In a nutshell: they are a way of doling out some bounty to Bush's faithful base, they are not a way to replicate the services of trained professionals and they are going to lead to cases like this one:
As far as the Rev. John Maxfield could tell, everything was fine between his church and Anoka County until that Friday the 13th.
The county social services department was sending disabled seniors and other vulnerable adults needing care during the day to Trinity Lutheran Church in St. Francis. Trinity's members were bringing in hot dishes for lunch.
Then the county brought another client to the conservative Missouri Synod church: a woman who had begun life as a man.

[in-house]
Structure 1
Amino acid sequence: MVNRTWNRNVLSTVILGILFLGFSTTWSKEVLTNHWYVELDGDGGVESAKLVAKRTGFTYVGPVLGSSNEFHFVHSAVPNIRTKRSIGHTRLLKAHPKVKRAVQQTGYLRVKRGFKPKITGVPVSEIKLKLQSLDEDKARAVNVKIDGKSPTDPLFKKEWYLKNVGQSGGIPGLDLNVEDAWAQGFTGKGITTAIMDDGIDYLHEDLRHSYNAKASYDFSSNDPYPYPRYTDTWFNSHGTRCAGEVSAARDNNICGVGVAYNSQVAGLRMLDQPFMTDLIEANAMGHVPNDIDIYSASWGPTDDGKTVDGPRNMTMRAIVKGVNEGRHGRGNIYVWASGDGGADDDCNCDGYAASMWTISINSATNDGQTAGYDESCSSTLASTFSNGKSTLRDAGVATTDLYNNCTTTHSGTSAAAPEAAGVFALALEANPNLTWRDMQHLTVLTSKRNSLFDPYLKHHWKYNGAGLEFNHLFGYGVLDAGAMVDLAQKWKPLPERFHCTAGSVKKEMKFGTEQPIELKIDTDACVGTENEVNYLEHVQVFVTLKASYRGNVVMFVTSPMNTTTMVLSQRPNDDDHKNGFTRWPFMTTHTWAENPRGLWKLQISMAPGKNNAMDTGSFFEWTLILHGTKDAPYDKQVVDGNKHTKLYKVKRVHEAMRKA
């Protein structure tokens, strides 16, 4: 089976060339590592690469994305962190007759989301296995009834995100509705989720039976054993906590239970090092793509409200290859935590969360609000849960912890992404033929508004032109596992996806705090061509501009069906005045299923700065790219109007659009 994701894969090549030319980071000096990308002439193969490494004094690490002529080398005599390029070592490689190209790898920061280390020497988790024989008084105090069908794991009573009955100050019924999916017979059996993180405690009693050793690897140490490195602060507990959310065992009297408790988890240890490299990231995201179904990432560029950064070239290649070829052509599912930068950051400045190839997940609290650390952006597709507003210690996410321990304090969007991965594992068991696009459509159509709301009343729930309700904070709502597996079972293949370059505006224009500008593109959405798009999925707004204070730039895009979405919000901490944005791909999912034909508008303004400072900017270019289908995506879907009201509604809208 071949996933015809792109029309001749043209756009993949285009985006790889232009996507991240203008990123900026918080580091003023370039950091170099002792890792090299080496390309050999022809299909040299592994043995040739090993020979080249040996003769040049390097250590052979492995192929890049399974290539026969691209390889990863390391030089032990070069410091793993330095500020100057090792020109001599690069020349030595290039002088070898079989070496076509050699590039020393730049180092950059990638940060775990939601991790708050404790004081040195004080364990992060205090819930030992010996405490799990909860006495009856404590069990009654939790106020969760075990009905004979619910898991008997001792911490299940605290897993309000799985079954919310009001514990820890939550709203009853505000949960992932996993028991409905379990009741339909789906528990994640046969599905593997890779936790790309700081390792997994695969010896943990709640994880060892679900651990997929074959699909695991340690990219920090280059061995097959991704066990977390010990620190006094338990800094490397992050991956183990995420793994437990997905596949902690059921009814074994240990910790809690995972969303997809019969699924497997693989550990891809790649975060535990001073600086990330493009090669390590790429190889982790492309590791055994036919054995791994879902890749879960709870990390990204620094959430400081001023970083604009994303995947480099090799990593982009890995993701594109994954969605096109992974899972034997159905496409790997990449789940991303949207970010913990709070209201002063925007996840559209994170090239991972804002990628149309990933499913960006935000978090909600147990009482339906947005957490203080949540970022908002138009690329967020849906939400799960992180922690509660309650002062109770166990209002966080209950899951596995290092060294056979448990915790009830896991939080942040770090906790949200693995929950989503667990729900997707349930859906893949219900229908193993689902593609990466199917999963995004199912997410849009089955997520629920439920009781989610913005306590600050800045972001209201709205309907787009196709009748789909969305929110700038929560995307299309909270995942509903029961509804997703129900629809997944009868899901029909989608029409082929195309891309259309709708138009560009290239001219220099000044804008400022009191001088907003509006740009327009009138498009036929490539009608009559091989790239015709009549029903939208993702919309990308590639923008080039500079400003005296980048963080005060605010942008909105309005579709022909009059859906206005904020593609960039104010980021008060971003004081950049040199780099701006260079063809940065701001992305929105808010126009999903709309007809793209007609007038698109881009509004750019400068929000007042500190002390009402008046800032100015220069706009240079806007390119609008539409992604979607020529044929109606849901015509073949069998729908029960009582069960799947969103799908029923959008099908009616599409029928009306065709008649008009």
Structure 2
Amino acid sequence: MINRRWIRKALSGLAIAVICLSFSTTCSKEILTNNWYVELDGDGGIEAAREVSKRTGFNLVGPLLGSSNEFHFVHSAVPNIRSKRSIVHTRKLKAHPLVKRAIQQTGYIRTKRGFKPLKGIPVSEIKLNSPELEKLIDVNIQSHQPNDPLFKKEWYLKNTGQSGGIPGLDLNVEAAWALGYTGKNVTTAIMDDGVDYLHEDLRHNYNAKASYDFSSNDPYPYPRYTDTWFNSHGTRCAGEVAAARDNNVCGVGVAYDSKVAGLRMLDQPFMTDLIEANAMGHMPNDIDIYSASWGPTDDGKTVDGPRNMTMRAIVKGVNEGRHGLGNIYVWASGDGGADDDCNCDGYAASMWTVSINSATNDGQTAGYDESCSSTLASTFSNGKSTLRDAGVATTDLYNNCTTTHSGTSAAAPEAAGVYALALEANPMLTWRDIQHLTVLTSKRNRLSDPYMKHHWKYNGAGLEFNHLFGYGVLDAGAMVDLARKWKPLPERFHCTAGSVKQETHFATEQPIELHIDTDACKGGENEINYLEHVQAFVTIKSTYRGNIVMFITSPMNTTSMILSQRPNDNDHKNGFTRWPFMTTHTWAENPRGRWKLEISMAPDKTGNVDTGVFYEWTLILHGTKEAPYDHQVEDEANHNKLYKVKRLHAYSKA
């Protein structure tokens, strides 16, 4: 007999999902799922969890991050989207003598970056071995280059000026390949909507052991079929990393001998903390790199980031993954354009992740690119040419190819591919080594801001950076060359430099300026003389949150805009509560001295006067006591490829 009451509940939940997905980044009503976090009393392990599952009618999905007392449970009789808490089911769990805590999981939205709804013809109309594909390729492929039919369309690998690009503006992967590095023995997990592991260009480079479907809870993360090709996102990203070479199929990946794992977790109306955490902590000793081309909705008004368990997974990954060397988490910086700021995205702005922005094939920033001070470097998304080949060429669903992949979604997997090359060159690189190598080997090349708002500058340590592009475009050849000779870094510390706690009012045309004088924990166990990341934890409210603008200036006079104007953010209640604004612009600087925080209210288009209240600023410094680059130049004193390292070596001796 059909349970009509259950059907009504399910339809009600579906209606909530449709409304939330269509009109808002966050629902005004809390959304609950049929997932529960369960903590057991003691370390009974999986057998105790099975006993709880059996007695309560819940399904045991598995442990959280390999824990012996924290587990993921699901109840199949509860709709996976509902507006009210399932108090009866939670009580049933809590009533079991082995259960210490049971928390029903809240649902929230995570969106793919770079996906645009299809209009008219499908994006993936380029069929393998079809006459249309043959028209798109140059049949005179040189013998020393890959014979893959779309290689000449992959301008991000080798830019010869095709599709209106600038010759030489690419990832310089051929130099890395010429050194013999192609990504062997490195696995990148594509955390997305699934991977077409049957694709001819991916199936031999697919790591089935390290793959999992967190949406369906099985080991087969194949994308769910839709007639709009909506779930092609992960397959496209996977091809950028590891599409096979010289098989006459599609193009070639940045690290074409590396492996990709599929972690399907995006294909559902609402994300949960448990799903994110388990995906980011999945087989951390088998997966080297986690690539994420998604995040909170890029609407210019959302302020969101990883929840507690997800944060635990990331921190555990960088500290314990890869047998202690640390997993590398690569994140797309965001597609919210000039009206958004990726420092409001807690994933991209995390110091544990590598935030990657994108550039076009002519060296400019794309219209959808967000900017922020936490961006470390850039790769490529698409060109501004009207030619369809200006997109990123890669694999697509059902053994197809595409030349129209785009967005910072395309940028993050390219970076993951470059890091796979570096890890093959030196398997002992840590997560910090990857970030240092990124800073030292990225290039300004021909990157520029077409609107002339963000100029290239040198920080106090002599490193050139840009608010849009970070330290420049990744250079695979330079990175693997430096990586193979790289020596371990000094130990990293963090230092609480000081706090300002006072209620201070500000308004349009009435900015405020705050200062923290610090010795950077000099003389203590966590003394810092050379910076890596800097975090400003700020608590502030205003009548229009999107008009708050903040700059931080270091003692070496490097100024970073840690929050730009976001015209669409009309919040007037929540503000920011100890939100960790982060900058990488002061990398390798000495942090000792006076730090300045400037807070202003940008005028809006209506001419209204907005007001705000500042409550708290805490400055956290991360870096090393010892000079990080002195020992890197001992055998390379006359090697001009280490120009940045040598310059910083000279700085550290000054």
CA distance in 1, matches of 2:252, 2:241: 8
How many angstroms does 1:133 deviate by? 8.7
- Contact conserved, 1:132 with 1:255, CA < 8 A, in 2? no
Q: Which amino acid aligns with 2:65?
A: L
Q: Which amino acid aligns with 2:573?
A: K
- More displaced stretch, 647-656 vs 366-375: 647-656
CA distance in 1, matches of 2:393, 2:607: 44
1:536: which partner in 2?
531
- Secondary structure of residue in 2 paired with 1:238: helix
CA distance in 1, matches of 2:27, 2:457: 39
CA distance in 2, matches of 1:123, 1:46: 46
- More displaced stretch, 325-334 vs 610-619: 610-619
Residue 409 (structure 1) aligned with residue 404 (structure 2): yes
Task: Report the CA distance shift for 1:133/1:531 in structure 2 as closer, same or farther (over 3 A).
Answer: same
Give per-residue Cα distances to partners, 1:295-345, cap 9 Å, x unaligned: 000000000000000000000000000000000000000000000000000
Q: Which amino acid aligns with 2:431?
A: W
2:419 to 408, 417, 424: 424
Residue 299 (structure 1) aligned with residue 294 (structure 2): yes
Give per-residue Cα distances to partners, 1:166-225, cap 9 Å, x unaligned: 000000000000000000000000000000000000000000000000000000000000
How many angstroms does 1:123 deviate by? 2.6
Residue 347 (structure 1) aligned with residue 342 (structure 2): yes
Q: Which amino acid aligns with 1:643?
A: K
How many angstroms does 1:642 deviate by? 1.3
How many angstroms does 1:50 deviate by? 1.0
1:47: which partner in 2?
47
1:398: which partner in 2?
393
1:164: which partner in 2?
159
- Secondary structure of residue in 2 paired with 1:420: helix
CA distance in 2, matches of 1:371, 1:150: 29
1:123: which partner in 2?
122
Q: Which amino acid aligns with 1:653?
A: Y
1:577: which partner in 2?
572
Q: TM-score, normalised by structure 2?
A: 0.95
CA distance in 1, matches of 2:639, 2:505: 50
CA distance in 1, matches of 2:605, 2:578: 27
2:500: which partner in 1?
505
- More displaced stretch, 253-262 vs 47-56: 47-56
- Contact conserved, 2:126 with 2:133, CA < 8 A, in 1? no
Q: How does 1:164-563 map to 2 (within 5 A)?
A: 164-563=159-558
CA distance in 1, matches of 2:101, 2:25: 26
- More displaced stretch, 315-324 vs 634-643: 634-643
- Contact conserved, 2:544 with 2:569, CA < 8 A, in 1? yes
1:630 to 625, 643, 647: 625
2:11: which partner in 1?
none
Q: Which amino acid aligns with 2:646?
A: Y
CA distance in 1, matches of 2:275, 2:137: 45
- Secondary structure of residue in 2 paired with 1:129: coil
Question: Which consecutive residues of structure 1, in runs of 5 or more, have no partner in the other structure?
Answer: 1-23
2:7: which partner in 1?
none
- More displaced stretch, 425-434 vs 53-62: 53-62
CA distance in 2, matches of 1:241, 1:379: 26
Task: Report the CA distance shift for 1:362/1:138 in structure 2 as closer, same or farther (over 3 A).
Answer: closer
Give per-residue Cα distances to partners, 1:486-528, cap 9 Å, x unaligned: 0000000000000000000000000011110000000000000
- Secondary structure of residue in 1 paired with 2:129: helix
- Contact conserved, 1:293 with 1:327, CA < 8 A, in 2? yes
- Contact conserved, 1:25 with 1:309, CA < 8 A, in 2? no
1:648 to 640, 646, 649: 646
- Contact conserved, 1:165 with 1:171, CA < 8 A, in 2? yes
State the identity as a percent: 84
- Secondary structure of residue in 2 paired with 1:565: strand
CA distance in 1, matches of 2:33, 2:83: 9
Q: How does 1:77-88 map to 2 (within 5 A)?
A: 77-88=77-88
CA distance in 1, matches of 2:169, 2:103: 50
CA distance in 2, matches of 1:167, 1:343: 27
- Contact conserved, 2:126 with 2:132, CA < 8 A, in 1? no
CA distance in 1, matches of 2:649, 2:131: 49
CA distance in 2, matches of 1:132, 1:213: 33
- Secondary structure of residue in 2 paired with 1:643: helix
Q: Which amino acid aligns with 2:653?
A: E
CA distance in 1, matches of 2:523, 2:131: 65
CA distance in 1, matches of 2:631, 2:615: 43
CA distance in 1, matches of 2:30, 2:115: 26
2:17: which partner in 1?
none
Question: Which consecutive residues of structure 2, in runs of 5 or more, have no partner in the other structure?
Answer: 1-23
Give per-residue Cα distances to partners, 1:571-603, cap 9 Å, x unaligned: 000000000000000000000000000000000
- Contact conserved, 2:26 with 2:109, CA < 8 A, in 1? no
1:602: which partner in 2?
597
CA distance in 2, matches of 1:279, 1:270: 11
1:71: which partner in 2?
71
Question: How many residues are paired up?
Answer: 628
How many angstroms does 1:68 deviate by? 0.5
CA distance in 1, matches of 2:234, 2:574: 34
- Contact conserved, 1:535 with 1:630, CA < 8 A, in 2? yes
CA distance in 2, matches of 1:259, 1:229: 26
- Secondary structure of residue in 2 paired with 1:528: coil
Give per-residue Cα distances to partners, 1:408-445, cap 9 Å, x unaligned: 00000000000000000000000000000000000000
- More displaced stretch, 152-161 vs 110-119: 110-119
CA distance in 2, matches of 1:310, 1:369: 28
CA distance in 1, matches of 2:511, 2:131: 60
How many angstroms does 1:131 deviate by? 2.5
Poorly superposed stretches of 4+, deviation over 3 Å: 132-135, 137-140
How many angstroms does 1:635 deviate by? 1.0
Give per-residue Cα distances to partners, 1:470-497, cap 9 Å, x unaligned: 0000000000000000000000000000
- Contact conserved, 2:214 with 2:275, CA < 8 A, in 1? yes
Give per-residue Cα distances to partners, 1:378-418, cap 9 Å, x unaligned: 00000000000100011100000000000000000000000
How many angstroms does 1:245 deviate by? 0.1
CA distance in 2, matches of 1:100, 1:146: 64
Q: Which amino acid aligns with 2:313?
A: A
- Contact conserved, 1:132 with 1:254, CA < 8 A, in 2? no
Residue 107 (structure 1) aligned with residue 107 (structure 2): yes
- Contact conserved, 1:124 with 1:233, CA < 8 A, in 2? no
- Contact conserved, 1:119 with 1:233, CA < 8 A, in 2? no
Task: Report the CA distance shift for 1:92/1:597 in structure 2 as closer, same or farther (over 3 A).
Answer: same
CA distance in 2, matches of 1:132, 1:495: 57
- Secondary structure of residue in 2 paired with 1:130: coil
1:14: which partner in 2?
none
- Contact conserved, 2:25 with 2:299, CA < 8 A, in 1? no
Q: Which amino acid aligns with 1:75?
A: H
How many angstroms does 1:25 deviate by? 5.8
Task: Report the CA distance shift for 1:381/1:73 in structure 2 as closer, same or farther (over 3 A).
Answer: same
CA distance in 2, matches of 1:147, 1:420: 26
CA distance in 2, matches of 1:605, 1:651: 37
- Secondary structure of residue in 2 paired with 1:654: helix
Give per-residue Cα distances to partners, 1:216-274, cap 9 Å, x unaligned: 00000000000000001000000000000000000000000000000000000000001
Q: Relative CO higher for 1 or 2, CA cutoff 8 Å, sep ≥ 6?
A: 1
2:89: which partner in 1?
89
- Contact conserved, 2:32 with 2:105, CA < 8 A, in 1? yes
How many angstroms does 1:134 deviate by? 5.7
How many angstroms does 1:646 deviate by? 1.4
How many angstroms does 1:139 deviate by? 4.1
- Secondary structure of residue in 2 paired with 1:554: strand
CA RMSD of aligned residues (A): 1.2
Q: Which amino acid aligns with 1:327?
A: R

The church refused to let her in. The county refused to send any more clients.
Maxfield, who says the church now loses significant money on the program, is left to wonder what the future holds for faith-based government-supported social services.
"It places the church in a difficult situation," he said. "We want to minister to everyone. But this person's outward behavior contradicts the church's teaching."
This example may be about a state-level program (I'm not sure) but there is no reason to expect that the federal program wouldn't face the same problem: religious people want to treat their clientele based on the teachings of their church, not based on the needs of that clientele, and religious people want to have the right to discriminate in this manner.
But the money they use is from taxes possibly paid by the very types that these faith-based programs would refuse to serve. Now this is plain wrong.